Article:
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written by Pierre Sokolsky
This resource is a set of three web-based labs for grades 7-9 relating volume, temperature, and pressure of a contained gas.  Lab 1 investigates the effect of volume changes on the pressure of a confined gas at constant temperature.  Lab 2 explores the effect of temperature changes on a confined gas held at constant volume.   Lab 3 investigates the relationship between volume and temperature.   Detailed lesson plans with objectives and assessment ideas are included.

This item is part of a larger collection of interactive Java labs developed for use in middle school and high school.  See Related items on this page for a link to the full collection.

Please note that this resource requires Flash.
Subjects Levels Resource Types
Modern Physics
- Atomic Physics
Thermo & Stat Mech
- Models
= Ideal Gas
- Thermal Properties of Matter
= Pressure
= Temperature
- Middle School
- High School
- Informal Education
- Instructional Material
= Activity
= Interactive Simulation
= Lesson/Lesson Plan
- Audio/Visual
= Movie/Animation
Intended Users Formats Ratings
- Learners
- Educators
- application/java
- text/html
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Access Rights:
Free access
© 1997 The University of Utah
Boyle, Boyle's Law, Interactive labs, gas properties, gas volume, heat, temperature
Record Cloner:
Metadata instance created October 17, 2008 by Caroline Hall
Record Updated:
February 13, 2014 by Lyle Barbato
Last Update
when Cataloged:
July 31, 2005
Other Collections:

AAAS Benchmark Alignments (2008 Version)

4. The Physical Setting

4D. The Structure of Matter
  • 6-8: 4D/M3ab. Atoms and molecules are perpetually in motion. Increased temperature means greater average energy of motion, so most substances expand when heated.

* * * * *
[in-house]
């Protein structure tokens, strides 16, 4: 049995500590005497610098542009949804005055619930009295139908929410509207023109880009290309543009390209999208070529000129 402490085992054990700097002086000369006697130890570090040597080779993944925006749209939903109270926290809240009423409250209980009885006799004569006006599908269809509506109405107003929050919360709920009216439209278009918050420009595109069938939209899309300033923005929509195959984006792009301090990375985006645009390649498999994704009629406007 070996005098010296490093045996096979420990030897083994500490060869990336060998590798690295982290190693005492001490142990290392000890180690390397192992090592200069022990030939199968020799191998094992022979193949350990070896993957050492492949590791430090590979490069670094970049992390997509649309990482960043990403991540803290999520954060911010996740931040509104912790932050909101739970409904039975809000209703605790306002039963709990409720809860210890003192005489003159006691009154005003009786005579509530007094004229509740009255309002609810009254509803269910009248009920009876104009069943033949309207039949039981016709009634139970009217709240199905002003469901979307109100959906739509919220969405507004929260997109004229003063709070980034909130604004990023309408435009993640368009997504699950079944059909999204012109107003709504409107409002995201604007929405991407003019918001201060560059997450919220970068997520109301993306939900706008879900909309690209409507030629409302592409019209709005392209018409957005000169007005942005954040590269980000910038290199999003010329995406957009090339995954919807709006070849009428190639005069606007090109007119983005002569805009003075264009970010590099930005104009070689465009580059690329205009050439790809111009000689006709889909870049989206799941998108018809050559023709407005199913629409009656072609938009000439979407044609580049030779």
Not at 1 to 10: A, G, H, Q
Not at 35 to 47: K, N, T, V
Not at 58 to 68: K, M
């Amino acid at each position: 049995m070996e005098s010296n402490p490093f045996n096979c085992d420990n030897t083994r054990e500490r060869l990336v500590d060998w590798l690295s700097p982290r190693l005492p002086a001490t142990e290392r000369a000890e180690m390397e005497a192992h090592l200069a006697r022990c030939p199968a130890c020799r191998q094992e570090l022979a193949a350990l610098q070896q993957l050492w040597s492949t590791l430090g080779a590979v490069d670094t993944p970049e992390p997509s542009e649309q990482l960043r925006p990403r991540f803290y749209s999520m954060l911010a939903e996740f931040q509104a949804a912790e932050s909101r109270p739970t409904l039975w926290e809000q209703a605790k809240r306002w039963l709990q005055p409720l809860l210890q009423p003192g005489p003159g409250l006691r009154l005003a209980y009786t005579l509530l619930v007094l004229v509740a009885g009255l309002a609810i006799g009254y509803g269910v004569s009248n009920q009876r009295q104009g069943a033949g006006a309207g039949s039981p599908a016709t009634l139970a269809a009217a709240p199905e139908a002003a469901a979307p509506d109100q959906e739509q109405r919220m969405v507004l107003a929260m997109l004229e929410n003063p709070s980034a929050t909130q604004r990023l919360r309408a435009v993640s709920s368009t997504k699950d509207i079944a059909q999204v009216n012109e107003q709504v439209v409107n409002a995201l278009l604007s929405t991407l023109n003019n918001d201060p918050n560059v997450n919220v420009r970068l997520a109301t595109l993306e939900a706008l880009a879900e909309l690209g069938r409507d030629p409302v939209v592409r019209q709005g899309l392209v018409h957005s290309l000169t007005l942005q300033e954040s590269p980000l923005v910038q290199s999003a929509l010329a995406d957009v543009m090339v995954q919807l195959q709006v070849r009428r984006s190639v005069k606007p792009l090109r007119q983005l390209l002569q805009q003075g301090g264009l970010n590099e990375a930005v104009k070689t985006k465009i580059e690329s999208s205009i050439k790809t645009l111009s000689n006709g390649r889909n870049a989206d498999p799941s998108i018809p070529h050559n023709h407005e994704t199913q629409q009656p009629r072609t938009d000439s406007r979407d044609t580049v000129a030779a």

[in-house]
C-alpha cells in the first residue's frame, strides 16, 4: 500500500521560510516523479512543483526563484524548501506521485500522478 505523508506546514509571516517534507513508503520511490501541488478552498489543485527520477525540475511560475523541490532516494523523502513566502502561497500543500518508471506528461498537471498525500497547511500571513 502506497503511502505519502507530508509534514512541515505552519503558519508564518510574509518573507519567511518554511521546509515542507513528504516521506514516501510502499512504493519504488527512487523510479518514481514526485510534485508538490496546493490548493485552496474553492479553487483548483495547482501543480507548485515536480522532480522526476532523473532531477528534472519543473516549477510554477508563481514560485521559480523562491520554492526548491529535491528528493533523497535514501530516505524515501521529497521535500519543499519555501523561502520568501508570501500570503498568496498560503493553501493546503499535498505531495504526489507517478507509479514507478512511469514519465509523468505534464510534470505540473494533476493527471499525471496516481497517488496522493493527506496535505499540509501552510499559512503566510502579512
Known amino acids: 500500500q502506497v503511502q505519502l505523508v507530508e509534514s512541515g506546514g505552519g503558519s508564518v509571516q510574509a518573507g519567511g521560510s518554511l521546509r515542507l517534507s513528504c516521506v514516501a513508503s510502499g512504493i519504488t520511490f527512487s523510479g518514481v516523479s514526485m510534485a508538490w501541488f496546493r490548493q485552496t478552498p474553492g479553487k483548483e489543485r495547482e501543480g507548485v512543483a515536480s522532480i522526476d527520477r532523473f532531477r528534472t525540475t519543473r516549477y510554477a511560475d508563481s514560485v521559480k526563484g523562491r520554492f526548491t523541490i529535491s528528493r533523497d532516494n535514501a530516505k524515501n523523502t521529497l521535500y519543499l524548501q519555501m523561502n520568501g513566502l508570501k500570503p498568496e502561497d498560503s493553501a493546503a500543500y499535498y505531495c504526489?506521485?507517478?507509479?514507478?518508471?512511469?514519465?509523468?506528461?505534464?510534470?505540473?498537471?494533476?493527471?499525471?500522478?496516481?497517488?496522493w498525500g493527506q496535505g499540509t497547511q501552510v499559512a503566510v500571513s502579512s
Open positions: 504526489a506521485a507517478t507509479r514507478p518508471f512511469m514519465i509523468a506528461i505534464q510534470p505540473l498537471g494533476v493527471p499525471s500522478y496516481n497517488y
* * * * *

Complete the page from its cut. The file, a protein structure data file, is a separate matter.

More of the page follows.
• 6-8: 4D/M3cd. In solids, the atoms or molecules are closely locked in position and can only vibrate. In liquids, they have higher energy, are more loosely connected, and can slide past one another; some molecules may get enough energy to escape into a gas. In gases, the atoms or molecules have still more energy and are free of one another except during occasional collisions.
  • 6-8: 4D/M8. Most substances can exist as a solid, liquid, or gas depending on temperature.

11. Common Themes

11B. Models
  • 6-8: 11B/M4. Simulations are often useful in modeling events and processes.
ComPADRE is beta testing Citation Styles!

Record Link
AIP Format
P. Sokolsky, (1997), WWW Document, (
P. Sokolsky, ASPIRE: Gas Particles in Motion (1997), <>.
APA Format
Sokolsky, P. (2005, July 31). ASPIRE: Gas Particles in Motion. Retrieved September 3, 2014, from
Chicago Format
Sokolsky, Pierre. ASPIRE: Gas Particles in Motion. July 31, 2005. (accessed 3 September 2014).
MLA Format
Sokolsky, Pierre. ASPIRE: Gas Particles in Motion. 1997. 31 July 2005. 3 Sep. 2014 <>.
BibTeX Export Format
@misc{ Author = "Pierre Sokolsky", Title = {ASPIRE: Gas Particles in Motion}, Volume = {2014}, Number = {3 September 2014}, Month = {July 31, 2005}, Year = {1997} }
Refer Export Format

%A Pierre Sokolsky
%T ASPIRE: Gas Particles in Motion
%D July 31, 2005
%O application/java

EndNote Export Format

%0 Electronic Source
%A Sokolsky, Pierre
%D July 31, 2005
%T ASPIRE: Gas Particles in Motion
%V 2014
%N 3 September 2014
%8 July 31, 2005
%9 application/java

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Citation Source Information

The AIP Style presented is based on information from the AIP Style Manual.

The APA Style presented is based on information from APA Electronic References.

The Chicago Style presented is based on information from Examples of Chicago-Style Documentation.

The MLA Style presented is based on information from the MLA FAQ.

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